WASHINGTON – Karl Rove was not "frog-marched" out of the White House in handcuffs as his detractors had hoped, but the past year was certainly a low point for President Bush's close friend and chief political strategist.
A criminal investigation put Rove under scrutiny for months, then he was forced to surrender a key policy role in a move that raised questions about his authority in the White House.
While Rove fought the allegations and kept a low public profile, he never lost his unparalleled influence on the president, say those close to him.
"The history of a lot of folks in these jobs is that they are hired guns," Republican National Committee Chairman Ken Mehlman said. "With Karl, you have someone who has been central to what the president has been doing for decades."
Mehlman and others in the White House say Rove gave up his responsibilities as chief policy coordinator in April, but remains heavily involved in all aspects of domestic and international policy.
The coordinator role had turned Rove into an internal White House diplomat, trying to coordinate different views into a coherent position while maintaining neutrality. Some felt it stretched the political strategist too thin.
The slimmed-down portfolio leaves Rove freer to focus on politics, look at the big picture and provide a gut-check in a White House that has struggled with missteps that may leave Republicans vulnerable in the midterm congressional elections.
Rove fell under a legal cloud after a grand jury, starting late in 2003, began investigating the leak of a CIA officer's identity to reporters. He learned in June that he would not be indicted.
With that threat behind him, Rove is back to his old playful self — sporting Elvis sideburns on a recent trip to Memphis with the president and traveling around the country for lucrative storytelling to GOP donors.
The Republican base never flinched at suggestions that Rove tried to smear administration critic Joe Wilson by revealing his wife's role as a CIA operative.
Publicity surrounding the case seems even to have increased Rove's stature among Republicans and contributed to an almost mystical view of the longtime Bush strategist among the party faithful because he came out on top.
At a recent presidential fundraiser near Bush's Texas ranch, a line that formed for photos with Rove was nearly as long as the line waiting to see the president.
Rove is an impressive fundraiser himself, bringing in $10.4 million in 75 events this cycle, more than any other Republican official besides the president, first lady and vice president.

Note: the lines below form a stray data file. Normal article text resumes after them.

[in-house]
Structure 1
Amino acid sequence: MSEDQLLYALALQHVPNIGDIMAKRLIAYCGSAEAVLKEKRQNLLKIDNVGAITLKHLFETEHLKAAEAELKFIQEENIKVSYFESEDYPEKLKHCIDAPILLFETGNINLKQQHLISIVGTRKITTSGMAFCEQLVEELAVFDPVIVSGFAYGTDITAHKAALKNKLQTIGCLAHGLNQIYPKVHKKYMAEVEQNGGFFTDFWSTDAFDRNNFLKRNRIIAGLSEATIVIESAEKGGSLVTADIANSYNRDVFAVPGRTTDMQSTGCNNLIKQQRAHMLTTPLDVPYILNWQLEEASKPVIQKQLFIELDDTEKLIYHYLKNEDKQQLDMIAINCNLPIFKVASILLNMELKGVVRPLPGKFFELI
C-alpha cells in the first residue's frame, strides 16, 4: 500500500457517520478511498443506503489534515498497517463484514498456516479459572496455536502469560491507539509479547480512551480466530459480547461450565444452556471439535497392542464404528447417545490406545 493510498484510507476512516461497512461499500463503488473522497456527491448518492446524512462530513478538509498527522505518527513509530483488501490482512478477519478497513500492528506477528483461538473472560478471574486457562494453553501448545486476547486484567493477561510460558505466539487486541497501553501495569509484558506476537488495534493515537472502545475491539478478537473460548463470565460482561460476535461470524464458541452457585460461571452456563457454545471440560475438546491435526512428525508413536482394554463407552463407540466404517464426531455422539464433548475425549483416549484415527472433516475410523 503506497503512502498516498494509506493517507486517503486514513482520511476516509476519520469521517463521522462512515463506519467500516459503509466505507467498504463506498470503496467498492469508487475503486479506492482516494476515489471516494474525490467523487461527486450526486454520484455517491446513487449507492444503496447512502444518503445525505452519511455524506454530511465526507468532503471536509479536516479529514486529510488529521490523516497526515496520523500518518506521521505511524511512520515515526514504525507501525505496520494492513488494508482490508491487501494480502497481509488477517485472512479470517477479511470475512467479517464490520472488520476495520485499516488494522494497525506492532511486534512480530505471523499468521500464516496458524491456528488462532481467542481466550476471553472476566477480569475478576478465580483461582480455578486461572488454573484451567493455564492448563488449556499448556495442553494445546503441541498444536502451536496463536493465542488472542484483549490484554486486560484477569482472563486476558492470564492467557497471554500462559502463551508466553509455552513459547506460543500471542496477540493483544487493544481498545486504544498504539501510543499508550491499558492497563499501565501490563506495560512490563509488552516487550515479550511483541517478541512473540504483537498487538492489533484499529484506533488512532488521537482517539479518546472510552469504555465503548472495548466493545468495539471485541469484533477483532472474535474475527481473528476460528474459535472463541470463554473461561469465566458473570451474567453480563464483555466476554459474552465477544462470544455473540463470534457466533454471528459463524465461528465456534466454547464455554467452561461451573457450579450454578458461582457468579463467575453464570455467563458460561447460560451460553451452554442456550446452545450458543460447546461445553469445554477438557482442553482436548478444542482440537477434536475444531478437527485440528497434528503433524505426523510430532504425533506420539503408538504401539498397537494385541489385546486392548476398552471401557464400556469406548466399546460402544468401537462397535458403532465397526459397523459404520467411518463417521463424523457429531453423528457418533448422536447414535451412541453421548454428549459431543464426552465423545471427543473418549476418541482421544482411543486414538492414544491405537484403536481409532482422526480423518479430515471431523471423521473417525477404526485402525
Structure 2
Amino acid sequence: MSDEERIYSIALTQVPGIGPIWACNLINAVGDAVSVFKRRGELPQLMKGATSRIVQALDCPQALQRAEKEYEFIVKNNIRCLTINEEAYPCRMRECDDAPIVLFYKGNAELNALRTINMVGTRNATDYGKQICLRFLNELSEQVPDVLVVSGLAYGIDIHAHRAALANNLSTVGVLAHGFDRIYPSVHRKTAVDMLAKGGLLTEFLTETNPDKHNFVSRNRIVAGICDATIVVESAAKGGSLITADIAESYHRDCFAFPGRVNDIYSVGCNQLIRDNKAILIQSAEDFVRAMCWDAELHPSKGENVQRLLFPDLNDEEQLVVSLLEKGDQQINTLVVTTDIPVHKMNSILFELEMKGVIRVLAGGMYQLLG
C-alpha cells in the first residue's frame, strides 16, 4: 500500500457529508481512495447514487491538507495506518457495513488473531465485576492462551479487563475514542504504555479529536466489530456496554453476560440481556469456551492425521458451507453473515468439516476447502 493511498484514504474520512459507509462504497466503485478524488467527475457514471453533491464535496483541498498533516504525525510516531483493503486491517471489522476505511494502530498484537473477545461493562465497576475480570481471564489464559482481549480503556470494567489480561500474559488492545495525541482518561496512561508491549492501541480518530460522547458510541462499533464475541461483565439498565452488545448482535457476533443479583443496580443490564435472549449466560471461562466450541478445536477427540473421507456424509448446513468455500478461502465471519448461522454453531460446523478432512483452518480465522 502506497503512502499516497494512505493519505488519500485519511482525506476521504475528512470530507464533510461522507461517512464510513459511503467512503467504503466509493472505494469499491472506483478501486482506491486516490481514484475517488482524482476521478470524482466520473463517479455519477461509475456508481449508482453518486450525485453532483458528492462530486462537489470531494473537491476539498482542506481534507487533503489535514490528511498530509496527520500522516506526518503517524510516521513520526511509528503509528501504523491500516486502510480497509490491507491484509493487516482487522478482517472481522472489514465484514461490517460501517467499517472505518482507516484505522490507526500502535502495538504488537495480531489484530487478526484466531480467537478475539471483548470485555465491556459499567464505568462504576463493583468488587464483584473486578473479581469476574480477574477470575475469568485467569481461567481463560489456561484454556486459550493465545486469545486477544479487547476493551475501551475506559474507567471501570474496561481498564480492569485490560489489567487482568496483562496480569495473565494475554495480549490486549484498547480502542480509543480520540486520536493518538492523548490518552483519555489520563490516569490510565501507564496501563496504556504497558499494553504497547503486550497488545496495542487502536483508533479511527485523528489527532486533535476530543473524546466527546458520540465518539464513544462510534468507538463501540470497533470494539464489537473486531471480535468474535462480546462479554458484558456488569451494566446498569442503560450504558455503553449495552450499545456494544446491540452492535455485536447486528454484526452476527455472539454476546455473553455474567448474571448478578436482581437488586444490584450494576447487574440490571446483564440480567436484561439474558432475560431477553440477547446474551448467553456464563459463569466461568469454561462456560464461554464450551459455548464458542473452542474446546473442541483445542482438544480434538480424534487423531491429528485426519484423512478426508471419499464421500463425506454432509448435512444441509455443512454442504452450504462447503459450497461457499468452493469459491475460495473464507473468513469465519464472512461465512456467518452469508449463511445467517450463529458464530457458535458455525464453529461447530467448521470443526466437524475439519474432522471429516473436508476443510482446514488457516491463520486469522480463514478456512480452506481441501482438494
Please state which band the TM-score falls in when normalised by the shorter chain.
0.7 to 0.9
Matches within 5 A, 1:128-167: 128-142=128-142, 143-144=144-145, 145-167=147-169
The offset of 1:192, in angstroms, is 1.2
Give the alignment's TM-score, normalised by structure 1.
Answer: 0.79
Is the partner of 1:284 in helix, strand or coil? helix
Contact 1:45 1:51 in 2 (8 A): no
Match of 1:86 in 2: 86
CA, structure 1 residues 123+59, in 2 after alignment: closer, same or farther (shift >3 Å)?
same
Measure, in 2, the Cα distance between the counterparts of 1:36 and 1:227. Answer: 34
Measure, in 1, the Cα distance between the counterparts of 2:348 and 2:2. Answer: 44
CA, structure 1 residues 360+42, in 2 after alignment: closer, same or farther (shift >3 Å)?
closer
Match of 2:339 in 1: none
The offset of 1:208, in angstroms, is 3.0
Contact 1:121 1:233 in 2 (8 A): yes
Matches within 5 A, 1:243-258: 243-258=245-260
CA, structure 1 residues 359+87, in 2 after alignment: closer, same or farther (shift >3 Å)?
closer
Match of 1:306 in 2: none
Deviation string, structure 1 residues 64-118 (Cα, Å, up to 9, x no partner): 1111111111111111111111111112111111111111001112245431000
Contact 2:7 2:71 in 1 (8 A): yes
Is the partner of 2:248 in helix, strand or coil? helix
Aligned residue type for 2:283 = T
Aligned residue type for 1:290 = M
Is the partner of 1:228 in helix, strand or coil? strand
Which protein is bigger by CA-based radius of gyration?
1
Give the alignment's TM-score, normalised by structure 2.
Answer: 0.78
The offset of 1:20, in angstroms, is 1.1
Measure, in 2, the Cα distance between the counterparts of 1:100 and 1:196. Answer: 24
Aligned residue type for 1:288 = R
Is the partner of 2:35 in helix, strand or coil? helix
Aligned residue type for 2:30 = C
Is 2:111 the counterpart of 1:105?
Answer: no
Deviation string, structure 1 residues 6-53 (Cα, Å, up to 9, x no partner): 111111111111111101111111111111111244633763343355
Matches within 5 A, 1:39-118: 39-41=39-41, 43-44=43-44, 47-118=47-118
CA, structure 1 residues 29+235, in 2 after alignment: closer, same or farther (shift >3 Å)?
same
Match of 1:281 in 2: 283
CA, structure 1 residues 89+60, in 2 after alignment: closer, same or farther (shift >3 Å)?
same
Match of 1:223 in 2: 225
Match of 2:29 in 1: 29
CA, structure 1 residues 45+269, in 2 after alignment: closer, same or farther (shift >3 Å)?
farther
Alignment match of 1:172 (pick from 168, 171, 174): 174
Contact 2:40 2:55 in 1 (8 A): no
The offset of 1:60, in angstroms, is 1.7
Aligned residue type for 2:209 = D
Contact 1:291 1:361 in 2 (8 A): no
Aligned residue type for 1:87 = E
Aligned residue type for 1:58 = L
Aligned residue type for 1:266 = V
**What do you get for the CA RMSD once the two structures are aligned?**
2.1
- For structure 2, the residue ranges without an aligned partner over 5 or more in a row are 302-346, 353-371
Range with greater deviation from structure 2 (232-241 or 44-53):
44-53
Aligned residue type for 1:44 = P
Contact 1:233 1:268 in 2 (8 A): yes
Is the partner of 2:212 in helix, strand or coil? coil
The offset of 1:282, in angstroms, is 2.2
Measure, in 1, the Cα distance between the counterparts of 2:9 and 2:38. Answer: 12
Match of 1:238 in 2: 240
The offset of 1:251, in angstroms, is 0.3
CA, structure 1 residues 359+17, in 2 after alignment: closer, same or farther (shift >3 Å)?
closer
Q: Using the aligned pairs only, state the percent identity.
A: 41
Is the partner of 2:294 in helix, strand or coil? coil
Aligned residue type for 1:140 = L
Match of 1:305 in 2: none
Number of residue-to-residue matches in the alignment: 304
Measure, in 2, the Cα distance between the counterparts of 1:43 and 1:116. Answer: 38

"He came out clean," said Robert Pruger, one of the donors who recently paid $1,000 to hear Rove speak in Toledo. "When your opponent hits you and it doesn't stick, you end up stronger for it."
The fundraiser aided the campaign of Ohio gubernatorial candidate Ken Blackwell. Financial consultant Cleves Delp was told that if he helped stage the fundraiser, he could get any leading conservative he liked to attend.
Rove wasn't the first choice, but Supreme Court Justice Clarence Thomas couldn't raise money for the GOP, Delp learned.
Instead he got Rove, who mingled at Delp's home before the main event. Donors paid at least $10,000 each for the privilege of meeting Rove privately.
Delp was thrilled with the stories Rove told about what happened behind the scenes following the terrorist attacks on Sept. 11, 2001. He said if more voters heard Rove's inside tales of the war on terror, Republicans might be in better shape.
"That's the problem," Delp said. "Maybe we're not feeling the sense of what happened that day. We need to be reminded of that more often."
As if on cue, Rove took to the podium and invoked the memory of Sept. 11, when his secretary called to tell him the news. "I walked five feet over and told the president of the United States that a plane had flown into the World Trade Center," Rove said. "They didn't know whether it was a big plane or a little plane, a commercial plane or a private plane."
If Rove experienced any pain from having his own reputation questioned, it hasn't stopped him from tearing down political opponents with attacks on their credibility.
Once again he's using the tactic that helped Bush win re-election in 2004 — suggesting that Democrats cannot adequately protect the country from terrorists.
"The problem for these Democrats is that their policies would have consequences and their policies would make us more, not less, vulnerable," Rove said from a podium beneath the beamed, vaulted ceilings and brass chandeliers of the Inverness Country Club in Toledo. "And in war, weakness emboldens your enemies and it's an invitation for disaster."
He even targets those who are decorated military veterans like Massachusetts Sen. John Kerry and Pennsylvania Rep. John Murtha.
Rove recently said those Democrats "may be with you at the first shots, but they are not going to be there for the last tough battles."
He criticizes the media too. A favorite target is The New York Times and its role in revealing the administration's secret tracking of terrorist financing. He recently said journalists often criticize political professionals because they want to draw attention away from the "corrosive role their coverage has played focusing attention on process and not substance."
That might offer a clue to why Rove declined to be interviewed for this article and quickly left the Toledo fundraiser — a rare public forum that attracted a media pack that chased him out to his car.
Asked about his recent weight loss, Rove, without mentioning the liquid-based diet supervised by Dr. Arthur Frank at George Washington University, smiled and told reporters he'd lost 22 pounds through "clean living."
The mischievous Rove stuck his head out of the car before it sped off to add gleefully: "And avoiding you guys."